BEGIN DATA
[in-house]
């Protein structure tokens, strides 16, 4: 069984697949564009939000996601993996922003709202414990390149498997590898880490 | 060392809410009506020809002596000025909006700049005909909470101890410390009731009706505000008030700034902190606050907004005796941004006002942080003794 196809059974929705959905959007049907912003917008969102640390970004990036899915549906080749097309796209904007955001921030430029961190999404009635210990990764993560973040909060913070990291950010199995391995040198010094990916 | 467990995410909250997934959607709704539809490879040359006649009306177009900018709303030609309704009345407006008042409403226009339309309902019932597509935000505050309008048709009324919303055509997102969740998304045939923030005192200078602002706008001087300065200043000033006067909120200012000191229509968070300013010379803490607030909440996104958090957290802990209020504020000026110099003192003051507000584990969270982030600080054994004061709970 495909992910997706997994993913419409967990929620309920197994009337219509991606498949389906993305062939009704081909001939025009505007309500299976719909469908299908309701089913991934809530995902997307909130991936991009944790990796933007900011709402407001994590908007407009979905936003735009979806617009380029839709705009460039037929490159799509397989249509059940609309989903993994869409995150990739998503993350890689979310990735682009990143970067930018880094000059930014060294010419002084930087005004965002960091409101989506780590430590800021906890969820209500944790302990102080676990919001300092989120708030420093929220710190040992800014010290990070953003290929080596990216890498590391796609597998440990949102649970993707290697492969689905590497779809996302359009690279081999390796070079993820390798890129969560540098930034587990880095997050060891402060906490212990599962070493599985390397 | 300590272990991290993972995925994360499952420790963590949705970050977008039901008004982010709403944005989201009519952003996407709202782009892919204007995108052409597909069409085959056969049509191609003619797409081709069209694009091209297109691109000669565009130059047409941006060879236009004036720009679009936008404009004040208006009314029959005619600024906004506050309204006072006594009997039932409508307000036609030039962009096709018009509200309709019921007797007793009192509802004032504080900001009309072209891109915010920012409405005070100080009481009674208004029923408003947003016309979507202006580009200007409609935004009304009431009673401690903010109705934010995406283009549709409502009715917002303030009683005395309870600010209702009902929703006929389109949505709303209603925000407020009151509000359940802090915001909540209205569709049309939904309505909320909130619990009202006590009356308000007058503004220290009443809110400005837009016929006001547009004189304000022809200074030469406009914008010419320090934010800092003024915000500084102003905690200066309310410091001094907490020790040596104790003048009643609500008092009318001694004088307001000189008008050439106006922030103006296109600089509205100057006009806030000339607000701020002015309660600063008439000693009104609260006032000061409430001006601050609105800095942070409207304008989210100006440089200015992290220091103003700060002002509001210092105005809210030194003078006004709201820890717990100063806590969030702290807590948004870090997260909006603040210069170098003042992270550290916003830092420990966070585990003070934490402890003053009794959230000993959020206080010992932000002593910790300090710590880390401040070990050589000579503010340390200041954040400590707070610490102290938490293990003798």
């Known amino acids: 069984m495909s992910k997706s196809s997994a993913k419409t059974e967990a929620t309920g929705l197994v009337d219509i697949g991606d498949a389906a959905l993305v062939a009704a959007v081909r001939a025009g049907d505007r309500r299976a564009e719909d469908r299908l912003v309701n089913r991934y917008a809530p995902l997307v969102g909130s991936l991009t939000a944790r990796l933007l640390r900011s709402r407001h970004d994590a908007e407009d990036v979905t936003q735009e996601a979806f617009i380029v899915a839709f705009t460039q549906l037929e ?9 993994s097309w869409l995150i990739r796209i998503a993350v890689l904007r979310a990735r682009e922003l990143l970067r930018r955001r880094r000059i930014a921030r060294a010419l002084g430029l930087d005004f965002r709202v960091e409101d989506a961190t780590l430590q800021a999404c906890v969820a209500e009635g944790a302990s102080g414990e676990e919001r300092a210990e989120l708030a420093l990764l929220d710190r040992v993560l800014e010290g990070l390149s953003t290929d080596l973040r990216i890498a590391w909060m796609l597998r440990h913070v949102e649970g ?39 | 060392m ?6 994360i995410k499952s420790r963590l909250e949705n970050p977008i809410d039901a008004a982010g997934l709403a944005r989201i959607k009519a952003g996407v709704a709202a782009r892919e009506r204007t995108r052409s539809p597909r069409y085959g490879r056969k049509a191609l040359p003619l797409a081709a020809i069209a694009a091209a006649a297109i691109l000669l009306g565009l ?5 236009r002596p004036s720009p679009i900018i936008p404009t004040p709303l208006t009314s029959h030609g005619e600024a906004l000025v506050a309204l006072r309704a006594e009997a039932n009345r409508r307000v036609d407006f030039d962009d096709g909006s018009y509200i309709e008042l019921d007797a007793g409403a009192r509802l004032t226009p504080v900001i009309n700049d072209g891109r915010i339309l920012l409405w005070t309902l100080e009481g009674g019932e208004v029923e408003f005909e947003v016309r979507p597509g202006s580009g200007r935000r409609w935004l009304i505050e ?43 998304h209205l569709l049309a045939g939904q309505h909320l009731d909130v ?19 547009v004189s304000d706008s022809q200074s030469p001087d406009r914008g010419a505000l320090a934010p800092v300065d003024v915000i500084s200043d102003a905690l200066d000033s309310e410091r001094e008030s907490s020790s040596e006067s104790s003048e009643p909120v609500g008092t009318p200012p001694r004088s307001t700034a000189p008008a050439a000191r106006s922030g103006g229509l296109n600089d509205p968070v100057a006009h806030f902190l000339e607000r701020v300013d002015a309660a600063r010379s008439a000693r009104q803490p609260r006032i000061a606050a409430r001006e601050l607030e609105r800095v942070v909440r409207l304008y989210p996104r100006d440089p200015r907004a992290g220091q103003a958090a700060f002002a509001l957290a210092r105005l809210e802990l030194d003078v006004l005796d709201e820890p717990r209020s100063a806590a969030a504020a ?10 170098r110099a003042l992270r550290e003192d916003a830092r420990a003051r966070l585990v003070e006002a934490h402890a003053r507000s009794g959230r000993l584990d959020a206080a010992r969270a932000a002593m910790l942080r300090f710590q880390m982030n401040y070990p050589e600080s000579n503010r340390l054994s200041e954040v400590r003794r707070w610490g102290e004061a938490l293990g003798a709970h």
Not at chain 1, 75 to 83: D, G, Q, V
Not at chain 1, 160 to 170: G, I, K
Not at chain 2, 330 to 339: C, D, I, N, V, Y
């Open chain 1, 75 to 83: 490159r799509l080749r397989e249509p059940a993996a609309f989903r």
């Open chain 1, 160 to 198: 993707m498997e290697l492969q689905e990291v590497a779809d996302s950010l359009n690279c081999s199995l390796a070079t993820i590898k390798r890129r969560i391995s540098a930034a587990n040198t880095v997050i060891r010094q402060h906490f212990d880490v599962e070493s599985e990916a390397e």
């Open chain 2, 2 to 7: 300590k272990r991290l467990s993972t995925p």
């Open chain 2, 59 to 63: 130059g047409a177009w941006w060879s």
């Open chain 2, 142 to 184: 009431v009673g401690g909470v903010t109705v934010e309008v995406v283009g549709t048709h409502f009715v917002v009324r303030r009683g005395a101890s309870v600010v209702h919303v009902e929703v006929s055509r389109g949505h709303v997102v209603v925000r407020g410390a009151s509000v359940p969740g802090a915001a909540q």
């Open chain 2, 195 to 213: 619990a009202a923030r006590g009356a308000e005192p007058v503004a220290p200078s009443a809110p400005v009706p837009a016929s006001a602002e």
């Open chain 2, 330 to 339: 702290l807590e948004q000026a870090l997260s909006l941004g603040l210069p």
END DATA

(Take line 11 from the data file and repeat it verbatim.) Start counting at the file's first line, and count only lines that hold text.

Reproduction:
């Open chain 2, 142 to 184: 009431v009673g401690g909470v903010t109705v934010e309008v995406v283009g549709t048709h409502f009715v917002v009324r303030r009683g005395a101890s309870v600010v209702h919303v009902e929703v006929s055509r389109g949505h709303v997102v209603v925000r407020g410390a009151s509000v359940p969740g802090a915001a909540q």